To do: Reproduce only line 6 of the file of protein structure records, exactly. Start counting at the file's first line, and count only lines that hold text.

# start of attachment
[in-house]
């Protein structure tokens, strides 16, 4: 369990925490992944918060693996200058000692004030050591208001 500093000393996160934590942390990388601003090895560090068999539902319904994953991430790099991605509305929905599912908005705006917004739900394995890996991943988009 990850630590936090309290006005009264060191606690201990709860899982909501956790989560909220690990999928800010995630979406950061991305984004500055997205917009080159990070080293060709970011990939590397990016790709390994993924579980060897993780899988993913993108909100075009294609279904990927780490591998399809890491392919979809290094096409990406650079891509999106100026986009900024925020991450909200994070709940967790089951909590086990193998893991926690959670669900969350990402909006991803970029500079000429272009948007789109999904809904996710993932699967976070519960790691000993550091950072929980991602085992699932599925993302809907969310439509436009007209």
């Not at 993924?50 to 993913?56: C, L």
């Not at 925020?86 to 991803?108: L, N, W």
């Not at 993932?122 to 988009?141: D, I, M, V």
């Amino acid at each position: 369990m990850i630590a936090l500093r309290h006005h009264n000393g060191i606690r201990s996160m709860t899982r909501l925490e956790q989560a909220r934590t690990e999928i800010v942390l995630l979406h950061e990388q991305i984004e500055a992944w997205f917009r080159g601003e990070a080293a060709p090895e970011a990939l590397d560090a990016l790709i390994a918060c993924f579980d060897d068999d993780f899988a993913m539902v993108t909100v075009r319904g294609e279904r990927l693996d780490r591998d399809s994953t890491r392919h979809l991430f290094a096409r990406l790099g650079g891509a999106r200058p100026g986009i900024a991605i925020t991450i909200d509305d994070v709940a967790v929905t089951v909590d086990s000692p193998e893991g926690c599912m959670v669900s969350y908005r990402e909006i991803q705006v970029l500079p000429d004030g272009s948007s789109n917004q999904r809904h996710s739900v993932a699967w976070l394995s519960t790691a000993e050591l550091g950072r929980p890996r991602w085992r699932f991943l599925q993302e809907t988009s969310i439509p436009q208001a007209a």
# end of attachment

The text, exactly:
């Amino acid at each position: 369990m990850i630590a936090l500093r309290h006005h009264n000393g060191i606690r201990s996160m709860t899982r909501l925490e956790q989560a909220r934590t690990e999928i800010v942390l995630l979406h950061e990388q991305i984004e500055a992944w997205f917009r080159g601003e990070a080293a060709p090895e970011a990939l590397d560090a990016l790709i390994a918060c993924f579980d060897d068999d993780f899988a993913m539902v993108t909100v075009r319904g294609e279904r990927l693996d780490r591998d399809s994953t890491r392919h979809l991430f290094a096409r990406l790099g650079g891509a999106r200058p100026g986009i900024a991605i925020t991450i909200d509305d994070v709940a967790v929905t089951v909590d086990s000692p193998e893991g926690c599912m959670v669900s969350y908005r990402e909006i991803q705006v970029l500079p000429d004030g272009s948007s789109n917004q999904r809904h996710s739900v993932a699967w976070l394995s519960t790691a000993e050591l550091g950072r929980p890996r991602w085992r699932f991943l599925q993302e809907t988009s969310i439509p436009q208001a007209a």